Time and again, people who don’t like Hillary Clinton’s policies claim that they are making the rational, adult choice in supporting her. She’s “experienced,” after all. She was Secretary of State and a Senator and a First Lady. Sure, she’s in Wall Street’s pocket. Sure she’s tried to go to war with every country in the Middle East. Sure we didn’t agree with her on free trade until basically yesterday when she did an abrupt about-face and threw a deal she wrote under the bus. But, people keep saying, as sober, responsible adults we sometimes have to make compromises - and look, Bernie Sanders is great but he isn’t electable so let’s not set ourselves up for disappointment. Also, Hillary has so much experience! Remember how we said that word before? Experience! She knows about things that are in the world because of all the time she’s been around doing stuff!
This line of reasoning is annoying, but it’s everywhere, so it’s time for us to have a chat with America about Hillary’s “experience.” We’re not here to deny that it exists, of course. We pride ourselves on being fact-believers and information-knowers and we are well aware that Clinton has been a public servant for decades. It’s important to remember, however, that “experience” and “good ideas” are not interchangeable, and that even as they express their support, most supporters know that Hillary only has one these things.
We’re living in scary times filled with vague threats of terror and disturbing internet videos and sad stories about idiot government officials who don’t have a heart when it comes to accepting the human costs of a war we helped instigate. It sucks and many of us are rightfully concerned that a GOP president would only make it worse. With that said, however, don’t support for Hillary Clinton for her “foreign policy experience” if you don’t like where we are now, stuck in a terror-fueled panicmania in which wearing shoes pinpoints you as a likely airplane bomber and being Muslim is a social crime. Hillary’s policy isn’t what’s going to solve this, it’s what got us here.
Again and again, from Iraq to Iran to Syria to Libya, Hillary has advocated for foreign policy positions that are are bellicose and dangerous. As a state department official she wasn’t in a position to make decisions, but her favored strategy in Iraq back when she was a Senator not only cost us billions of dollars and many American lives, but also destabilized the entire region. This recent wave of global terrorism is, in large part, a result of unnecessary military interventions she supported. She has since advocated similarly “tough” positions in Iran, Libya, and Syria. She lost a presidential election over these “tough” positions. She’s witnessed the dissolution of multiple governments due to the chaos that followed Iraq. John McCain accidentally posing with terrorists wasn’t even enough to convince her that indiscriminately arming rebels for short-term military gain isn’t an effective way to conduct policy. Whatever the political (and human) cost, she continues to advocate for hawkish foreign policy positions that are discredited and out of touch with what Americans want. Experience or not, she’s not using genius-brain-science to make up her policy. It seems more like she’s using blind anger.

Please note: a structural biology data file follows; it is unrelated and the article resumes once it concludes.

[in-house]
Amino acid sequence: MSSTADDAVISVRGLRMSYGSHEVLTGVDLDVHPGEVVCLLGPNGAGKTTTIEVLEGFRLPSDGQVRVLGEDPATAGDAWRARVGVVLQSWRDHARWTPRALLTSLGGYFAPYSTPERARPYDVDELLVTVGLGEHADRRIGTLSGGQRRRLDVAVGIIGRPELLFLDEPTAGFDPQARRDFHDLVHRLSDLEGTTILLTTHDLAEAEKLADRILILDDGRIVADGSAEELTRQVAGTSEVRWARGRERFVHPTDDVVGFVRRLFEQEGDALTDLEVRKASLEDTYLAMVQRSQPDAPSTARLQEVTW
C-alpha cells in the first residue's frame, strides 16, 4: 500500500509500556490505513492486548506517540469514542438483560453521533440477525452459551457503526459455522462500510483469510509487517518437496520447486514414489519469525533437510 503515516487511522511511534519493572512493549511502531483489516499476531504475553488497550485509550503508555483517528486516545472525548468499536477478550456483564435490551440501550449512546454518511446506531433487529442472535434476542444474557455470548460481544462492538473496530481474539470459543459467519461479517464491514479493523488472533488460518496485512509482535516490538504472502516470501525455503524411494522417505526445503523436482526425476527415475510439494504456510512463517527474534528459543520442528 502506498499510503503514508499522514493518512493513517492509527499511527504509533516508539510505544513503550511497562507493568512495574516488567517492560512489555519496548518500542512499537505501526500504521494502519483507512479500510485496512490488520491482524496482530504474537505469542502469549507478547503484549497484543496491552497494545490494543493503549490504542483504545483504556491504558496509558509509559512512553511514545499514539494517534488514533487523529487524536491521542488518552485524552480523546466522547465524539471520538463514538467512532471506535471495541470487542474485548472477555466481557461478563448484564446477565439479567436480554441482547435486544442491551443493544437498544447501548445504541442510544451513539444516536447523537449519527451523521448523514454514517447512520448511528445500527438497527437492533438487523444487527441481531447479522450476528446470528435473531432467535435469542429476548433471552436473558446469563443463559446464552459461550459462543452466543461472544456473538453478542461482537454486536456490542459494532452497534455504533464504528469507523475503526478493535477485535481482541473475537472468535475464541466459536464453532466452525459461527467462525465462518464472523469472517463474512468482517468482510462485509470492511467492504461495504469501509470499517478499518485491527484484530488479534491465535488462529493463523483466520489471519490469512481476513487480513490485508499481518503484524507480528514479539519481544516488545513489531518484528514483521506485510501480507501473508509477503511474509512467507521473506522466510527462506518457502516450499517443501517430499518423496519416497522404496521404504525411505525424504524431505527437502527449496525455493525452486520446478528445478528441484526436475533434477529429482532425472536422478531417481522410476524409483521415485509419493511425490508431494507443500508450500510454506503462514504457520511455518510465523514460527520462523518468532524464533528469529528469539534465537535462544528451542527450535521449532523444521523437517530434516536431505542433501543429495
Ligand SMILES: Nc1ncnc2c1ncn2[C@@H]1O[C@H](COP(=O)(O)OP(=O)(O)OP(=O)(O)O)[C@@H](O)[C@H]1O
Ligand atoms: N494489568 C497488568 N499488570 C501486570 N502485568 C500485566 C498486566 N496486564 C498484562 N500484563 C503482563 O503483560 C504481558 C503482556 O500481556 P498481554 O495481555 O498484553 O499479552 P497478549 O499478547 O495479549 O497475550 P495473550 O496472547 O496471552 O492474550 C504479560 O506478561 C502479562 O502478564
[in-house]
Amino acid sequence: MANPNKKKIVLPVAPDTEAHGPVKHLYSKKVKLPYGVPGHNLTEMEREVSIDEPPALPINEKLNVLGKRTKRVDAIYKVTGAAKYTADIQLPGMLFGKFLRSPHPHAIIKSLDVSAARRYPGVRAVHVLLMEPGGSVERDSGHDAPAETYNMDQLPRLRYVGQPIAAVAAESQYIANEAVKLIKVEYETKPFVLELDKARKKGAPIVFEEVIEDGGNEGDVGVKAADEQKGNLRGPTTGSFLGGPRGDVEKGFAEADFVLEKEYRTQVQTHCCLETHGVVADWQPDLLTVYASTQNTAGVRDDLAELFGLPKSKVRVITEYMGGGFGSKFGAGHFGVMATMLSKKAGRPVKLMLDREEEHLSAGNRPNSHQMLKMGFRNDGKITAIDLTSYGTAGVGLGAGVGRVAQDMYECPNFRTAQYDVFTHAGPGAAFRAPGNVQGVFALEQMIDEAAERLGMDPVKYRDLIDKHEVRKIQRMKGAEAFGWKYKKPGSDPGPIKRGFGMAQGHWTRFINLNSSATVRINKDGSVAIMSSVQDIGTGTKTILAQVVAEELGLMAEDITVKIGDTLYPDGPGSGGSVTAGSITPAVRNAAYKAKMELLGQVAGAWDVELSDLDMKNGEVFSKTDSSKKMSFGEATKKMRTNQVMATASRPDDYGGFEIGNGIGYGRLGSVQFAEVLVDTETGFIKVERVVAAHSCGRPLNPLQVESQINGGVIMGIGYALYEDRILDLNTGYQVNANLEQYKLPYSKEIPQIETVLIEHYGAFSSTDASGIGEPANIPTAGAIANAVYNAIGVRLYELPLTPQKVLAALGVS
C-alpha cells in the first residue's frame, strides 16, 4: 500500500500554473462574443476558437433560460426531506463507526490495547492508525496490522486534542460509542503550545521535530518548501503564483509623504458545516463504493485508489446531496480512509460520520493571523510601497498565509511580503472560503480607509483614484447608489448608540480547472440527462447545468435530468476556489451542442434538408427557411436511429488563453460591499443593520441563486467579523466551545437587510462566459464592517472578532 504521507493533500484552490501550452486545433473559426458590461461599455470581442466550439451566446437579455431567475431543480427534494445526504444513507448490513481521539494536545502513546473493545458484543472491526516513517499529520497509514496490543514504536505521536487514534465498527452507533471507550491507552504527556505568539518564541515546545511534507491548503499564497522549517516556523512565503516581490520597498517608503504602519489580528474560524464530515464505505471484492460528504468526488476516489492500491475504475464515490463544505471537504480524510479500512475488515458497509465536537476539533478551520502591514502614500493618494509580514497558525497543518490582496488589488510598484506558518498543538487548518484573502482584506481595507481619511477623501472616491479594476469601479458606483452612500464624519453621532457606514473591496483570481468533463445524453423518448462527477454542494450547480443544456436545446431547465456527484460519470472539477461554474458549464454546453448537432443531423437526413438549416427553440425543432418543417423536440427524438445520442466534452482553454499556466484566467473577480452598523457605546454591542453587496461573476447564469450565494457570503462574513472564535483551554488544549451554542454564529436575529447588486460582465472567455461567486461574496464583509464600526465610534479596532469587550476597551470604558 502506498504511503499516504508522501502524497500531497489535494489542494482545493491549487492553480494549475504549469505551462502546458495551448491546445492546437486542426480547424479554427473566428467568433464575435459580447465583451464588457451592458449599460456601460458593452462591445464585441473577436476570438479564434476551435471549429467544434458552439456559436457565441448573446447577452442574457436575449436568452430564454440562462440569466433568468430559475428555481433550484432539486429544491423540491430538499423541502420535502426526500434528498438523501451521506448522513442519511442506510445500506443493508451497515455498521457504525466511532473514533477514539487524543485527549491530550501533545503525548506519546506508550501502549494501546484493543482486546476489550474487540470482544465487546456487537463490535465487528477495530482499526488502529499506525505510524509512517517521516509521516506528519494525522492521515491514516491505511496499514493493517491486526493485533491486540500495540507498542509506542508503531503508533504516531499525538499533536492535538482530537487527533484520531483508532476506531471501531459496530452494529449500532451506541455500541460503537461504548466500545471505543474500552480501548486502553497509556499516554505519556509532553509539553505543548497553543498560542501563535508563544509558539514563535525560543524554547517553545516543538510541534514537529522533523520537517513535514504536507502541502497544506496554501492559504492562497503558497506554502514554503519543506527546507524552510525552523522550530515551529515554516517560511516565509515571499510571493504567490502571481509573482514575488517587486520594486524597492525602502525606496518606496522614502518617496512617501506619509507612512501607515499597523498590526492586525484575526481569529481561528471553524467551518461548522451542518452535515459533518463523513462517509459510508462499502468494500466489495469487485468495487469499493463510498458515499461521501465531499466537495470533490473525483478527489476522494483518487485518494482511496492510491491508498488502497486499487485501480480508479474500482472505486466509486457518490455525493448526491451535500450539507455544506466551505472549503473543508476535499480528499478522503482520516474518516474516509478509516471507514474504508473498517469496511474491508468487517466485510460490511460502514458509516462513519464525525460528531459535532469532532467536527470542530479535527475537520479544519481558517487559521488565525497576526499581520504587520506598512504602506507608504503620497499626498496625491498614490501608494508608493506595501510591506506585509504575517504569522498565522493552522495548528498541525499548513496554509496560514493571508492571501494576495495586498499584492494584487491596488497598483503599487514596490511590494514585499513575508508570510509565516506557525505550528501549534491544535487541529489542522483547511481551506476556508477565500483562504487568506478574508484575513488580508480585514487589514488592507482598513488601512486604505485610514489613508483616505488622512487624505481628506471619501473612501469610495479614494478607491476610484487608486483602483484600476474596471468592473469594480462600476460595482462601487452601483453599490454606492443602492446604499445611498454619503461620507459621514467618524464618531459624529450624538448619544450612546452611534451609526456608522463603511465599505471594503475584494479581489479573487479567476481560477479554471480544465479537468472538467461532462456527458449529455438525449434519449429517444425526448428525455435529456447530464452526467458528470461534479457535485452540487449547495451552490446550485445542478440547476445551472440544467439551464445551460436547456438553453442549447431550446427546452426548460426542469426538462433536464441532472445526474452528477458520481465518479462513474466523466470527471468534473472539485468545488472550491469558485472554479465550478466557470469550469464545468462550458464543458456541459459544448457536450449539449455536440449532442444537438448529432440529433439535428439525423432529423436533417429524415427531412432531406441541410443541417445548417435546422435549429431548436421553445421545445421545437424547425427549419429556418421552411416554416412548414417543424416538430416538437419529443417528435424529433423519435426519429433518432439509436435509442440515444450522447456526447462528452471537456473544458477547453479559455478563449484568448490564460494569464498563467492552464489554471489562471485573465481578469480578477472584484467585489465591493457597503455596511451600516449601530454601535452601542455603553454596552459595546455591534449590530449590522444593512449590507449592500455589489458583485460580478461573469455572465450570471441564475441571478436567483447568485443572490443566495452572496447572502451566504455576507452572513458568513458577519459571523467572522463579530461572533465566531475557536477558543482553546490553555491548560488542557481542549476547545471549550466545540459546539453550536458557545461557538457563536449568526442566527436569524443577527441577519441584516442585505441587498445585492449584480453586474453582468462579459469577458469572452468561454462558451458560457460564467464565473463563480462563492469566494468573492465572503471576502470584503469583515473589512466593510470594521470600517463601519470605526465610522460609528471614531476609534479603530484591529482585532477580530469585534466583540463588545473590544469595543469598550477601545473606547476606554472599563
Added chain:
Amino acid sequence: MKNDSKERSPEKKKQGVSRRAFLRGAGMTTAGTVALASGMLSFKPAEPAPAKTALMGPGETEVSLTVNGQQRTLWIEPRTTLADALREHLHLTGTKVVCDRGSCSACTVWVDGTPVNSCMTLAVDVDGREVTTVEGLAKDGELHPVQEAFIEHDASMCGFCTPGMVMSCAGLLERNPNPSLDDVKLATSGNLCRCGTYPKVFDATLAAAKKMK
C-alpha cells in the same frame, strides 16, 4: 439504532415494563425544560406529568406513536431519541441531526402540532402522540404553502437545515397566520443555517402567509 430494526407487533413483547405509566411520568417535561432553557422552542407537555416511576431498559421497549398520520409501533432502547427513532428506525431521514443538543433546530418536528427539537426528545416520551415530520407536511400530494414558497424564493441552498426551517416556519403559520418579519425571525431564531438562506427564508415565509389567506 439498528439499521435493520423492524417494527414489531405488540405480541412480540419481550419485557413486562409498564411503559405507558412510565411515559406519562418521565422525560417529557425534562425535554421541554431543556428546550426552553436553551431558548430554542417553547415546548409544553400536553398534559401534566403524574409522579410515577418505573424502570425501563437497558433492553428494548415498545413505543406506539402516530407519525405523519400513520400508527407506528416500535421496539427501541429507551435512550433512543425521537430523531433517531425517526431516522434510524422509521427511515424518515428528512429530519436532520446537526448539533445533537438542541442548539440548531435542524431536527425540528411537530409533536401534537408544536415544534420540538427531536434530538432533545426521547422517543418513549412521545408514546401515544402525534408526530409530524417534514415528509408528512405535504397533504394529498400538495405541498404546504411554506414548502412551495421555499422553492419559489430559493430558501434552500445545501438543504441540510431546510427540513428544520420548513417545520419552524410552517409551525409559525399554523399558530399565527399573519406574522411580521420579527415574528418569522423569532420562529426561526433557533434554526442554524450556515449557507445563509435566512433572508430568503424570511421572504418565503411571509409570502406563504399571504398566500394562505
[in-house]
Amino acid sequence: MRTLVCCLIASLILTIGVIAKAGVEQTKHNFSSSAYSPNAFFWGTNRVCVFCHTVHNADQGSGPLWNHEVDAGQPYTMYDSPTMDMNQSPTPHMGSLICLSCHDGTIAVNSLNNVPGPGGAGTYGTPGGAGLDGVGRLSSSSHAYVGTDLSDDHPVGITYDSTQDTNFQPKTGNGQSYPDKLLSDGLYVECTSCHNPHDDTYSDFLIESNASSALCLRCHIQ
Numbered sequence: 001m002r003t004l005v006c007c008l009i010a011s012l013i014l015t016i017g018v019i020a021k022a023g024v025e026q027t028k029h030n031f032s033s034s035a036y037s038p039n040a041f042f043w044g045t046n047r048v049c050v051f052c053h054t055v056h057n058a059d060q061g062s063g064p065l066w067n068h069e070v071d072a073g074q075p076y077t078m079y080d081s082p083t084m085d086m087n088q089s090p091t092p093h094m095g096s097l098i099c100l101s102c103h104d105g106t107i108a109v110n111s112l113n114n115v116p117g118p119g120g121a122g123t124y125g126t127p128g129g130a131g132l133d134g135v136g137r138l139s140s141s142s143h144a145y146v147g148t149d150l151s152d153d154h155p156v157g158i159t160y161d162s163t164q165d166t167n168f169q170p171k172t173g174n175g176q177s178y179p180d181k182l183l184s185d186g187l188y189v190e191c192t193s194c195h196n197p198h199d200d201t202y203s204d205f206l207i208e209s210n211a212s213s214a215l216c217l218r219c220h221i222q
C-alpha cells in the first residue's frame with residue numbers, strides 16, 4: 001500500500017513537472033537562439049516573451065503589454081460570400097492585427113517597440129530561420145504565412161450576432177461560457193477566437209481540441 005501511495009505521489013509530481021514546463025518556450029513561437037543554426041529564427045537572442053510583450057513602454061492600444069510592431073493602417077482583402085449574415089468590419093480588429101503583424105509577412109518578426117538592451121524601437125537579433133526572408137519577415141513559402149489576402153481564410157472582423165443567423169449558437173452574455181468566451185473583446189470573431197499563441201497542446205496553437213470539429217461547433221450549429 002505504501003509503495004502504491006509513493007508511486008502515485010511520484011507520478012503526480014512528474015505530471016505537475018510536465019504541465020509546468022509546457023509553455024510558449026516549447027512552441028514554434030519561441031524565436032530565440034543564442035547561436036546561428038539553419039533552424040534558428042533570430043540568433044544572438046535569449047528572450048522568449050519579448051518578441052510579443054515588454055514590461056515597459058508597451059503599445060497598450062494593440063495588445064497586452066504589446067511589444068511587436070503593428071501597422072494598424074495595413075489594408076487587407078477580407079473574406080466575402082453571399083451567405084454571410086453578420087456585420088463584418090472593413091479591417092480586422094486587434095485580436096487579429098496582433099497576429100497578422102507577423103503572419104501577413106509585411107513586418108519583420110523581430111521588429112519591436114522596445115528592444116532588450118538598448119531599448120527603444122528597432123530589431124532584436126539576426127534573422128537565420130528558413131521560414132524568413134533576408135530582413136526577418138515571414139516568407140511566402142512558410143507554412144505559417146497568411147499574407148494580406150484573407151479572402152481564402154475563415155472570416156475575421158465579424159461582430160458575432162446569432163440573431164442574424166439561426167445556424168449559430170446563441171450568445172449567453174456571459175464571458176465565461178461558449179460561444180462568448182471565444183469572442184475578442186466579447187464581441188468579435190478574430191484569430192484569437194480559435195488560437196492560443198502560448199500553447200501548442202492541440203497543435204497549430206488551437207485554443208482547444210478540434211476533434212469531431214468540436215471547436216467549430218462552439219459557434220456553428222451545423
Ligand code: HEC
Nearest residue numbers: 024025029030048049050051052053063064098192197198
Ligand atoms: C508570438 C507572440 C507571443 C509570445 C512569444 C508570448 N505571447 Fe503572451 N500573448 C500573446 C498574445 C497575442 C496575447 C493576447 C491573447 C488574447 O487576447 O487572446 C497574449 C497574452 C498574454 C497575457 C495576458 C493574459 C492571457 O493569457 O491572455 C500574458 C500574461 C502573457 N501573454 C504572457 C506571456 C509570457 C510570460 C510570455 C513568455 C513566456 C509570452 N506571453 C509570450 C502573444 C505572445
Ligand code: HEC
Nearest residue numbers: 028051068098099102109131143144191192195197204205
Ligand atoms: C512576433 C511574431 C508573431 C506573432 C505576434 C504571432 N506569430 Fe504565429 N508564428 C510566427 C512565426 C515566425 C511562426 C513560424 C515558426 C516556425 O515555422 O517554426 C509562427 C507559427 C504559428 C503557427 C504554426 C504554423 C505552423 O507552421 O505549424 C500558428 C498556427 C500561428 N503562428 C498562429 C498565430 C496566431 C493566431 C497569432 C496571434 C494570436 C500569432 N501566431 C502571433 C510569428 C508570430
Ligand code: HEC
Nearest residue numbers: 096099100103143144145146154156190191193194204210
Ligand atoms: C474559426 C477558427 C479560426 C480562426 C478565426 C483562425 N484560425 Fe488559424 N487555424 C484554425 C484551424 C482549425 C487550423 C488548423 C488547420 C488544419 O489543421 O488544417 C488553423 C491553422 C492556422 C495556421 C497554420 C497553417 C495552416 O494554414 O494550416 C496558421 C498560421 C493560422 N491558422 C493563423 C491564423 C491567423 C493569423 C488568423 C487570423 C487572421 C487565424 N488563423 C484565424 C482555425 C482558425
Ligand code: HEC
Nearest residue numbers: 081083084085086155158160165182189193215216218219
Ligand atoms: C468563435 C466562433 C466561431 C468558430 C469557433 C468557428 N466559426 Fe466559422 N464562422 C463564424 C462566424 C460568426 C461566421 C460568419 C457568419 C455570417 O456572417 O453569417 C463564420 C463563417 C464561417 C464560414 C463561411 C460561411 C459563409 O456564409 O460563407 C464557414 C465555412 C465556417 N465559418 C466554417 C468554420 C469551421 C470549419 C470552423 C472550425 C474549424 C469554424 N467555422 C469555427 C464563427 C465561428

Our media and public discourse generally fails to distinguish between being “tough” on foreign policy and being “effective,” so the misunderstand that leads many to mindlessly fall into the Clinton camp is partially our fault. In an recent article in the Atlantic, Conor Friedersdorf correctly notes that we “stumbled into a quagmire [in Iraq] partly because so many mistakenly equated hawkish interventionism with “muscularity” and “toughness,” even as they conflated anti-war arguments with weakness.”
As you panic about terrorism, remind yourselves that a helpful discussion on foreign policy focuses on smart strategy and the likelihood of success in a broadly defined sense, not “toughness.” Smart foreign policy isn’t about retribution and showing muscle, it’s about stabilizing regions and getting results. Meanwhile, if you have the experience and can’t use it to reach logical conclusions, then the experience is of no value. Commenting on Bernie Sander’s comparable lack of experience is fair, but dismissing his ideas as less valuable and not acknowledging that Clinton’s involvement seems to keep making the problem worse is stupid.
And now let’s talk primaries for a moment, because it’s also stupid to believe that the contest in which we Democrats determine who our candidate for president is going to be should have a predetermined outcome. This idea runs counter to the entire purpose of the primaries. Don’t vote for who you think is electable, vote for who you agree with. The most “electable” person is the person who stands the greatest chance of being elected, not the biggest behemoth who seems like they have the most to lose by not coming out on top.
So let’s stay calm, think about our positions, and then let’s stop pretending that being an “adult” means voting against your own interests. We’re here to tell you that responsible voting is informed voting and informed voting means not voting for somebody whose policy ideas run directly counter to your own.
Rant over. Over and out.